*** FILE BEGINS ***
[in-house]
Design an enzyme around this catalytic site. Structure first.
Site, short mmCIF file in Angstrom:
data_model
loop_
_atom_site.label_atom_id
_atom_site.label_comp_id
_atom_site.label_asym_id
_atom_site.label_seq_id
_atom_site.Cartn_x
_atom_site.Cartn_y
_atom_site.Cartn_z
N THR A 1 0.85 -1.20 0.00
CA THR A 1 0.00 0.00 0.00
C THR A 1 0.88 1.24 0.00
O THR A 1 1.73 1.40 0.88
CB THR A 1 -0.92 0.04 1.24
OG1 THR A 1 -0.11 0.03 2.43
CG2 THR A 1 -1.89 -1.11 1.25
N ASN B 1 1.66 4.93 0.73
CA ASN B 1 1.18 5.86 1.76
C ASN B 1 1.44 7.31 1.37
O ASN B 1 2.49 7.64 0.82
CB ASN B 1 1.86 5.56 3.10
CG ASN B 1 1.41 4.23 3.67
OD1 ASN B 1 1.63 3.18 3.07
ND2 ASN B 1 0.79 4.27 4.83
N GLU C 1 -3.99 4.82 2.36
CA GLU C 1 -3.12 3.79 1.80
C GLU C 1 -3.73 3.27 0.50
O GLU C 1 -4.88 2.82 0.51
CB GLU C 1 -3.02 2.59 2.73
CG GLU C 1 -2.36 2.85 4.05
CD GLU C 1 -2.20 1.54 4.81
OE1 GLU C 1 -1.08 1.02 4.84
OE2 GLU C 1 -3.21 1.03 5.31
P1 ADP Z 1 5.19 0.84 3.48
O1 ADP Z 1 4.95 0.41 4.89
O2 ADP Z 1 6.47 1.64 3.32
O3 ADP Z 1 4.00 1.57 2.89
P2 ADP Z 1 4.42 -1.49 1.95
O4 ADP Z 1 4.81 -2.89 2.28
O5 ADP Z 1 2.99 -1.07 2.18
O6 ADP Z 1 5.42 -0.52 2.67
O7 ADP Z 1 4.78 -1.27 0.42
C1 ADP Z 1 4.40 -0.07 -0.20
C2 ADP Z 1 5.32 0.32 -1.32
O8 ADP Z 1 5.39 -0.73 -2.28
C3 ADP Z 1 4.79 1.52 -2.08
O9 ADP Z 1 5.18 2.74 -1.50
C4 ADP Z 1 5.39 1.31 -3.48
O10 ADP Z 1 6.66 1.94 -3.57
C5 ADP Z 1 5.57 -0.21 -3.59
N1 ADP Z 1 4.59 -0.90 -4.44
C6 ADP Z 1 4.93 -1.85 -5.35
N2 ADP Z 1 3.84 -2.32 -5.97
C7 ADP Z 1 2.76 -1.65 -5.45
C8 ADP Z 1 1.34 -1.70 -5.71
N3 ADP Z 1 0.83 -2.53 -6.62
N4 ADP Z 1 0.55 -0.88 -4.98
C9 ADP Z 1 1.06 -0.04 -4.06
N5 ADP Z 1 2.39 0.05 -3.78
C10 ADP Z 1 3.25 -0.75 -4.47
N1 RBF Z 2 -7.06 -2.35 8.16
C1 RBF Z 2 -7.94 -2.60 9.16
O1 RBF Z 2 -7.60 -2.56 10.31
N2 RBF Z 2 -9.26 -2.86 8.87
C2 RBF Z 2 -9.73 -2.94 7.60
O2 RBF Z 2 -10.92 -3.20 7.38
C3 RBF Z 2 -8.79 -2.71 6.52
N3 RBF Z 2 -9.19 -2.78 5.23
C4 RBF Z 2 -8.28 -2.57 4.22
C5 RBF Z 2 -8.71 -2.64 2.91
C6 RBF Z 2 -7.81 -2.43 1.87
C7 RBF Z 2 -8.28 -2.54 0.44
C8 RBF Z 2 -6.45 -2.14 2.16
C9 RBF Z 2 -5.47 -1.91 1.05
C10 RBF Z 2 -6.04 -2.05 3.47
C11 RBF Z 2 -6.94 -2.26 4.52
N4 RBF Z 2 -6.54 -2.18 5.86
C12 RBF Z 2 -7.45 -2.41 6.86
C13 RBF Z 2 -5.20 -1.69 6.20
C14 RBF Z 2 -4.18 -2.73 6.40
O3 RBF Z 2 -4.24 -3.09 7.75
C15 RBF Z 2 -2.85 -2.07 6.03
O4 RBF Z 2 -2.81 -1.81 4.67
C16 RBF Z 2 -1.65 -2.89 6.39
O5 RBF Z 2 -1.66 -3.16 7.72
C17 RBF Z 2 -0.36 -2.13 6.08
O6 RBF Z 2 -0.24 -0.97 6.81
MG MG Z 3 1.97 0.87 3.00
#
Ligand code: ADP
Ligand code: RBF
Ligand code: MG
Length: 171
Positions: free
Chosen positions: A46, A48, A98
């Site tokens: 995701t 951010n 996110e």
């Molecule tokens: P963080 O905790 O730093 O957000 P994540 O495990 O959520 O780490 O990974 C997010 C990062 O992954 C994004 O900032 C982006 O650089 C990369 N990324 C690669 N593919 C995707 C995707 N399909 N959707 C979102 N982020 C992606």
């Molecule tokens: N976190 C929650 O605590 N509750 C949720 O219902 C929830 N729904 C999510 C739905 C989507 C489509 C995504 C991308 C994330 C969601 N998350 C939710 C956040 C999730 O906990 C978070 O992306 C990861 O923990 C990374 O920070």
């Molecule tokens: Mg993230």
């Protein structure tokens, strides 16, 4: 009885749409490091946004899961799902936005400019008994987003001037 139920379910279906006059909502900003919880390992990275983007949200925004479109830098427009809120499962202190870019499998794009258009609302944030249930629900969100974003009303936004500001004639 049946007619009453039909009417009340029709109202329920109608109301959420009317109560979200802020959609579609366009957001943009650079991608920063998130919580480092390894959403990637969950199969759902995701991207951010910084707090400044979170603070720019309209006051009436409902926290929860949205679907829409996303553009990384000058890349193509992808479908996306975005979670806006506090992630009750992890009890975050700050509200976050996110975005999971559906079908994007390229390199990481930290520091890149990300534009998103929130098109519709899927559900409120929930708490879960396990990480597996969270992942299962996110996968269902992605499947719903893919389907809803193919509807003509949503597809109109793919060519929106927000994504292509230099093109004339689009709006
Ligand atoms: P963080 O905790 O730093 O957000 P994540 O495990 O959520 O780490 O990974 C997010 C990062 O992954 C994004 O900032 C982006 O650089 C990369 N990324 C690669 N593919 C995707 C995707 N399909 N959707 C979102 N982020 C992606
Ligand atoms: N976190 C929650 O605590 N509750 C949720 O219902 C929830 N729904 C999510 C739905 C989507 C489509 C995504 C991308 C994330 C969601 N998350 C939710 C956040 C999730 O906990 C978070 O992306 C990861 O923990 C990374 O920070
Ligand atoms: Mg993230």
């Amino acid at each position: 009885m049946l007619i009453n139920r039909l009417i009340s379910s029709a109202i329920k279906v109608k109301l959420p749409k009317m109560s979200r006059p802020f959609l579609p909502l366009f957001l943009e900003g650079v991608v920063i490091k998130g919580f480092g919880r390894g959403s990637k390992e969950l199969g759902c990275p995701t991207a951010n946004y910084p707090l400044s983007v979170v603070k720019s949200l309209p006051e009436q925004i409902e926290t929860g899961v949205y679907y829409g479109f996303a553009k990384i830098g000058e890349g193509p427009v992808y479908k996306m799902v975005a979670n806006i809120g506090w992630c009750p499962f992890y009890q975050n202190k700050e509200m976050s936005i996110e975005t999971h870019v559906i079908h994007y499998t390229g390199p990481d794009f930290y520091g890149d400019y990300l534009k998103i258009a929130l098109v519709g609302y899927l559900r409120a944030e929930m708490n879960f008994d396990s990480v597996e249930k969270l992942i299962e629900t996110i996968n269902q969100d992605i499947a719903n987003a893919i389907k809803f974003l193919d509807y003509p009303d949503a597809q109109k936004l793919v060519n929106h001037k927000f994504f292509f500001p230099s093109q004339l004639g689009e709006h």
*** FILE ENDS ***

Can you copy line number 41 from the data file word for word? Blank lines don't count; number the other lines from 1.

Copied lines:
P2 ADP Z 1 4.42 -1.49 1.95